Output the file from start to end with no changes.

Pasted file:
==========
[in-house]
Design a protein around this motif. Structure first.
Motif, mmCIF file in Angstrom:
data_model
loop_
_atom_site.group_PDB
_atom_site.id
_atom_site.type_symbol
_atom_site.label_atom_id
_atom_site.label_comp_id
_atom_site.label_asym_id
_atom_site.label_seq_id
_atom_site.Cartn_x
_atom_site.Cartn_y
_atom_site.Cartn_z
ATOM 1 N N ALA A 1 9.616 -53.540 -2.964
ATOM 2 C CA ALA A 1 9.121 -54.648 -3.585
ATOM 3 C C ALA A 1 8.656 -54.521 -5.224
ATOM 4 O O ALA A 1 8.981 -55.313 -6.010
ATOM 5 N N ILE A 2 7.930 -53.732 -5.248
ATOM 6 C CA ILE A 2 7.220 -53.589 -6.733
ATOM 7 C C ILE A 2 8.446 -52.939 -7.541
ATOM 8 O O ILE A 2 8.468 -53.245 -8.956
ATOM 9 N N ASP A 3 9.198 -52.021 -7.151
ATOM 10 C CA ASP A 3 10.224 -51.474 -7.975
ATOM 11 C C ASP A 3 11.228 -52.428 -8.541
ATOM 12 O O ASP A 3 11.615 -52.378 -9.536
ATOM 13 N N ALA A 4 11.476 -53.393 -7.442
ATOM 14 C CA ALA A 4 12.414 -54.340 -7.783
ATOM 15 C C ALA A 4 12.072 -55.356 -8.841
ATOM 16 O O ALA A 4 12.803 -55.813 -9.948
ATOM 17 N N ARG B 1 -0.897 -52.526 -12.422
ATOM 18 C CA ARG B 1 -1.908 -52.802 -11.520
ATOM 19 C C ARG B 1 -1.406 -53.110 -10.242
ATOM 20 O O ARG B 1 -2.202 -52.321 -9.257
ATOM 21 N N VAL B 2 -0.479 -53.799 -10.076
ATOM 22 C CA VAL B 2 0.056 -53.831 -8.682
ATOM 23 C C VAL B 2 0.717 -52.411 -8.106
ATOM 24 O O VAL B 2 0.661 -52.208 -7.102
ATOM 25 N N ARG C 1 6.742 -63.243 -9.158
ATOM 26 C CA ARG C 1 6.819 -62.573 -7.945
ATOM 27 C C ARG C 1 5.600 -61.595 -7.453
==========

[in-house]
Design a protein around this motif. Structure first.
Motif, mmCIF file in Angstrom:
data_model
loop_
_atom_site.group_PDB
_atom_site.id
_atom_site.type_symbol
_atom_site.label_atom_id
_atom_site.label_comp_id
_atom_site.label_asym_id
_atom_site.label_seq_id
_atom_site.Cartn_x
_atom_site.Cartn_y
_atom_site.Cartn_z
ATOM 1 N N ALA A 1 9.616 -53.540 -2.964
ATOM 2 C CA ALA A 1 9.121 -54.648 -3.585
ATOM 3 C C ALA A 1 8.656 -54.521 -5.224
ATOM 4 O O ALA A 1 8.981 -55.313 -6.010
ATOM 5 N N ILE A 2 7.930 -53.732 -5.248
ATOM 6 C CA ILE A 2 7.220 -53.589 -6.733
ATOM 7 C C ILE A 2 8.446 -52.939 -7.541
ATOM 8 O O ILE A 2 8.468 -53.245 -8.956
ATOM 9 N N ASP A 3 9.198 -52.021 -7.151
ATOM 10 C CA ASP A 3 10.224 -51.474 -7.975
ATOM 11 C C ASP A 3 11.228 -52.428 -8.541
ATOM 12 O O ASP A 3 11.615 -52.378 -9.536
ATOM 13 N N ALA A 4 11.476 -53.393 -7.442
ATOM 14 C CA ALA A 4 12.414 -54.340 -7.783
ATOM 15 C C ALA A 4 12.072 -55.356 -8.841
ATOM 16 O O ALA A 4 12.803 -55.813 -9.948
ATOM 17 N N ARG B 1 -0.897 -52.526 -12.422
ATOM 18 C CA ARG B 1 -1.908 -52.802 -11.520
ATOM 19 C C ARG B 1 -1.406 -53.110 -10.242
ATOM 20 O O ARG B 1 -2.202 -52.321 -9.257
ATOM 21 N N VAL B 2 -0.479 -53.799 -10.076
ATOM 22 C CA VAL B 2 0.056 -53.831 -8.682
ATOM 23 C C VAL B 2 0.717 -52.411 -8.106
ATOM 24 O O VAL B 2 0.661 -52.208 -7.102
ATOM 25 N N ARG C 1 6.742 -63.243 -9.158
ATOM 26 C CA ARG C 1 6.819 -62.573 -7.945
ATOM 27 C C ARG C 1 5.600 -61.595 -7.453